NO MORE FOUL PLAY: Time to Tackle Biofouling

HullWiper, one of a growing number of specialized ROVs designed to provide proactive “hull grooming” services. (Image credit: HullWiper)

As regulatory pressures associated with hull biofouling mount, could recent advances in marine robotics pose the solution?

Some problems are too big for one industry alone to solve. They require sector collaboration and the cross pollination of fresh ideas. Vessel biofouling—the undesirable accumulation of plants, algae and microorganisms on a ship’s hull—is one such dilemma and an issue that, owing to the planned tightening of maritime regulations, demands immediate action.

Understanding the enemy

Biofouling benefits no one, other than invasive aquatic species, perhaps. When vessels travel in and out of international waters, from one port to another, they provide perfect passage for these nomad biofoulers, and inadvertently spread intrusive foreign species to other parts of the world. Besides this mounting biothreat to our planet’s marine ecosystems, there are the escalating costs of at-sea inefficiencies to contemplate: Colonized hulls cause exponential friction which, according to the Office of Naval Research, can cause up to 60 percent more hydrodynamic drag; the more drag, the higher the fuel consumption and, of course, the corresponding CO2 emissions.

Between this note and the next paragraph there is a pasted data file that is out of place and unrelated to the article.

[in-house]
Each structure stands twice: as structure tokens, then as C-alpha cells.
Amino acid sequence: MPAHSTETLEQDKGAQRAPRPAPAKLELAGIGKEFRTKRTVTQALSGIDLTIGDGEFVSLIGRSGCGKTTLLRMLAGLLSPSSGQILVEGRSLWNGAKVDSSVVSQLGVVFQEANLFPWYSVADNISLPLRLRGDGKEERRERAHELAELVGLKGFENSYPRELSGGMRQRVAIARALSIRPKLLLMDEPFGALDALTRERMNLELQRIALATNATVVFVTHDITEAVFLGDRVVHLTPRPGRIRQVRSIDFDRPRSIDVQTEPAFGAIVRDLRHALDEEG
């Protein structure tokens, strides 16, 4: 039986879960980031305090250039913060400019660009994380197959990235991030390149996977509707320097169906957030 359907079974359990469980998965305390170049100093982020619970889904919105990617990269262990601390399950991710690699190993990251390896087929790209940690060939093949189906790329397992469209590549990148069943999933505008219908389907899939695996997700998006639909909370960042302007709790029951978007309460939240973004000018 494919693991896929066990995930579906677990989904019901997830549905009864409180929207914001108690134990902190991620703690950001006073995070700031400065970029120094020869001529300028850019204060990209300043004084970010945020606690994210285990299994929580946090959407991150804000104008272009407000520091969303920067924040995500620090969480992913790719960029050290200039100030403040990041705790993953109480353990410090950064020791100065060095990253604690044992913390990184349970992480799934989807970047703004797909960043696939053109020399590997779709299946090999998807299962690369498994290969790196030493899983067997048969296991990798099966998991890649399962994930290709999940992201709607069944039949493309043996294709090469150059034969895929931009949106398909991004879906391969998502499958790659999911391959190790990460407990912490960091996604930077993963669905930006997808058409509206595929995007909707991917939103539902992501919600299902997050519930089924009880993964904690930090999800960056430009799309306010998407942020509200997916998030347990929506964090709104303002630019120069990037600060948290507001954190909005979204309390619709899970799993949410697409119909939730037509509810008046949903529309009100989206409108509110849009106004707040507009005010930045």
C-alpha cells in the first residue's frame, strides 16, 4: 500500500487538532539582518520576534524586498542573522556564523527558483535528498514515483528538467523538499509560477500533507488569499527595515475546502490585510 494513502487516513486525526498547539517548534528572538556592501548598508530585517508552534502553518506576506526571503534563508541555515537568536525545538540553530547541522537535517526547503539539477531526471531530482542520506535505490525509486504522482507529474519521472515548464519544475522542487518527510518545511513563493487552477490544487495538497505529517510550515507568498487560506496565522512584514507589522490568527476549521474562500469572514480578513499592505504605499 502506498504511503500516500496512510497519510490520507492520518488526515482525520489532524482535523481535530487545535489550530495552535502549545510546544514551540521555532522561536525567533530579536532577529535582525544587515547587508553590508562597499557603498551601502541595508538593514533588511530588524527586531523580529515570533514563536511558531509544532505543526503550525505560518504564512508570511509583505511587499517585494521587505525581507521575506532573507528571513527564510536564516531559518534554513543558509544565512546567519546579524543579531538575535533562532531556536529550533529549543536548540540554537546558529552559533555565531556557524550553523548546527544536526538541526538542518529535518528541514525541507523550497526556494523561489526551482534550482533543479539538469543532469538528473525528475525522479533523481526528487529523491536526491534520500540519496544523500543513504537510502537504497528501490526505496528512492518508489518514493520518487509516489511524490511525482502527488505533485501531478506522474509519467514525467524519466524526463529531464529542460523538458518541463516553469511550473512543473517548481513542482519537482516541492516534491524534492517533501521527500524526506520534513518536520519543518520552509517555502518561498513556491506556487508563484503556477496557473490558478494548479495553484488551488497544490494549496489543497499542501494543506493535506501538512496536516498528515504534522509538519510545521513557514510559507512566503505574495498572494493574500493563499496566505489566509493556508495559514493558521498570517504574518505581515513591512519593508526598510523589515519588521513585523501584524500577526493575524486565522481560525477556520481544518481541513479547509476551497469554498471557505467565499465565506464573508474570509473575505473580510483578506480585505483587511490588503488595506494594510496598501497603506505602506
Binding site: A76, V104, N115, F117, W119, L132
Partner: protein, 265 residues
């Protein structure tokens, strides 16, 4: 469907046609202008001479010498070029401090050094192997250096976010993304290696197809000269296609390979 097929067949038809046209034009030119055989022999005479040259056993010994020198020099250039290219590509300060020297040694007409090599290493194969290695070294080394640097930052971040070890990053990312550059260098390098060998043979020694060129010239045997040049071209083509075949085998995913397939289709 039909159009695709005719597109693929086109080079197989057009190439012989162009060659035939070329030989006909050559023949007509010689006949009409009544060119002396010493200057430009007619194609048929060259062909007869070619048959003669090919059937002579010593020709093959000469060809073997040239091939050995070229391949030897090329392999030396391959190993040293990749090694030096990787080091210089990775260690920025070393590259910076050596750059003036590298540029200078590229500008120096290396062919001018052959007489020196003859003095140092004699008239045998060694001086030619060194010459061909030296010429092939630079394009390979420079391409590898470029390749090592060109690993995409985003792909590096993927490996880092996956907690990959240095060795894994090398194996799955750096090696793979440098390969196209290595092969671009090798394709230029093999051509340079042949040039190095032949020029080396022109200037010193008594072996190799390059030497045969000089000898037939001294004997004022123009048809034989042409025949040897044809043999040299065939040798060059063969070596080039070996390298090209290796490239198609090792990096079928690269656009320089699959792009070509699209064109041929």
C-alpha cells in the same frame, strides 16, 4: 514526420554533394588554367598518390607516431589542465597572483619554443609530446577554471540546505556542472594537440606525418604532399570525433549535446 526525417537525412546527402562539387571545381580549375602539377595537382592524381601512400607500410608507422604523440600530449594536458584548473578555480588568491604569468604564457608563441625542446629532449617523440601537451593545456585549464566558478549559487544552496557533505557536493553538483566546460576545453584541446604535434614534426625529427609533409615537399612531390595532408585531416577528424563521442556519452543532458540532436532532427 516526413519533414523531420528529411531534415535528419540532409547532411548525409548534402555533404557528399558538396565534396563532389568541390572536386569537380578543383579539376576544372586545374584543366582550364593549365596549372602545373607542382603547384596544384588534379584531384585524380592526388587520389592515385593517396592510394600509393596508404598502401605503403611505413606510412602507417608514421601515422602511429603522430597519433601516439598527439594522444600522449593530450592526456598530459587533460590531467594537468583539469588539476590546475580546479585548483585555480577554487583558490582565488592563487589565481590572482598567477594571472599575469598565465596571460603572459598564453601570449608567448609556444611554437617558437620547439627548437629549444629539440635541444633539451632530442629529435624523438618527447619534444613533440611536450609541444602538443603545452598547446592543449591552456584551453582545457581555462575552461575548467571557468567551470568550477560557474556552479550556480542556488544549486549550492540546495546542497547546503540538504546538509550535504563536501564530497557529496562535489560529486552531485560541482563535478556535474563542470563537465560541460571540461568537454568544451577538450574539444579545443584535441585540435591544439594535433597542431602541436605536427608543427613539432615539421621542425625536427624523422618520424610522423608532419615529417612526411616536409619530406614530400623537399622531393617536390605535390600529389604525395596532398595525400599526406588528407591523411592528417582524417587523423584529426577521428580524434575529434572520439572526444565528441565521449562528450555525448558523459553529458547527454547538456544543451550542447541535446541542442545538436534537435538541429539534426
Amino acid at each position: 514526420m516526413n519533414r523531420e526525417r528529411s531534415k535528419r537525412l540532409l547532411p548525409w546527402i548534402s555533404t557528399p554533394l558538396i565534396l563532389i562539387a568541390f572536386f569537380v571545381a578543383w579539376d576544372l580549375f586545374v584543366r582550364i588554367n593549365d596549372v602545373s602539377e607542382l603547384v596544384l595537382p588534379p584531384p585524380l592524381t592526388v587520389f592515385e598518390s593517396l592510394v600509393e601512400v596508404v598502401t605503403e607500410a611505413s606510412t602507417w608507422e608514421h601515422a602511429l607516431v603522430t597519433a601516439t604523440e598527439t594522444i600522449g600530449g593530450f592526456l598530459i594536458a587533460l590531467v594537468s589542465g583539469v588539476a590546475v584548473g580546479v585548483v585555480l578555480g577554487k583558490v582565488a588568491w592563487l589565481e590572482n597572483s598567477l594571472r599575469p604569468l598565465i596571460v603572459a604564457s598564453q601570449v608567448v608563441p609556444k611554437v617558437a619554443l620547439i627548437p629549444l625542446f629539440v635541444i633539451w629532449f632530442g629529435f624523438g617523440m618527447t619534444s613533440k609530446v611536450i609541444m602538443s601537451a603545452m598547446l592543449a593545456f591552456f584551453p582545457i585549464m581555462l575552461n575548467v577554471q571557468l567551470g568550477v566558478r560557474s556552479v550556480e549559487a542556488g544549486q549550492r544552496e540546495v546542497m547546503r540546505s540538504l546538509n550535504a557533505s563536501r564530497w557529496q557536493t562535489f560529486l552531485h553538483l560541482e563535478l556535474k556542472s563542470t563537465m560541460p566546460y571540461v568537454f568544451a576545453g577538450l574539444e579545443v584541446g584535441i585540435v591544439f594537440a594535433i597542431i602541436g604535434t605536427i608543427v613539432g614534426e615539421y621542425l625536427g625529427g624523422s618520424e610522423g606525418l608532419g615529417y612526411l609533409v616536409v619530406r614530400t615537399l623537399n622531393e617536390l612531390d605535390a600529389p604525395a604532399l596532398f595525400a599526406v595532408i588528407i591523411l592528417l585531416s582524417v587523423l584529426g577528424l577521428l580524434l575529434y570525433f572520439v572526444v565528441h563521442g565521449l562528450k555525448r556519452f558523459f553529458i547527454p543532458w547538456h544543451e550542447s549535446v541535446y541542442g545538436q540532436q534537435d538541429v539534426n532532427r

The numbers are staggering: The International Maritime Organization (IMO) suggests that clean, smooth hulls and propellers can equate to fuel savings of as much as 10 percent, a figure supported by U.S. Navy studies that cite biofouling as a “chronic and costly problem,” while the Clean Shipping Coalition estimates that biofouling on hulls cost the shipping industry as much as $30 billion per year.

Setting standards for mitigation

Biofouling rates are influenced by a number of factors—from naval architecture to coating systems to waters navigated—so accumulation patterns vary. This makes monitoring this out-of-sight enemy tricky, but imperative. The first stage, exacerbated by warmer port waters, is the attachment of biofilm, a process that begins within hours of hull submersion. This initial layer can be removed without excessive force but as it accumulates it becomes increasingly difficult to detach without causing damage to expensive—and often toxic—hull coatings. In other words, the timing of biofouling inspection and subsequent intervention is critical to both hull performance and integrity.

To read this Editorial Focus, which was featured in ON&T August 2020, click here.

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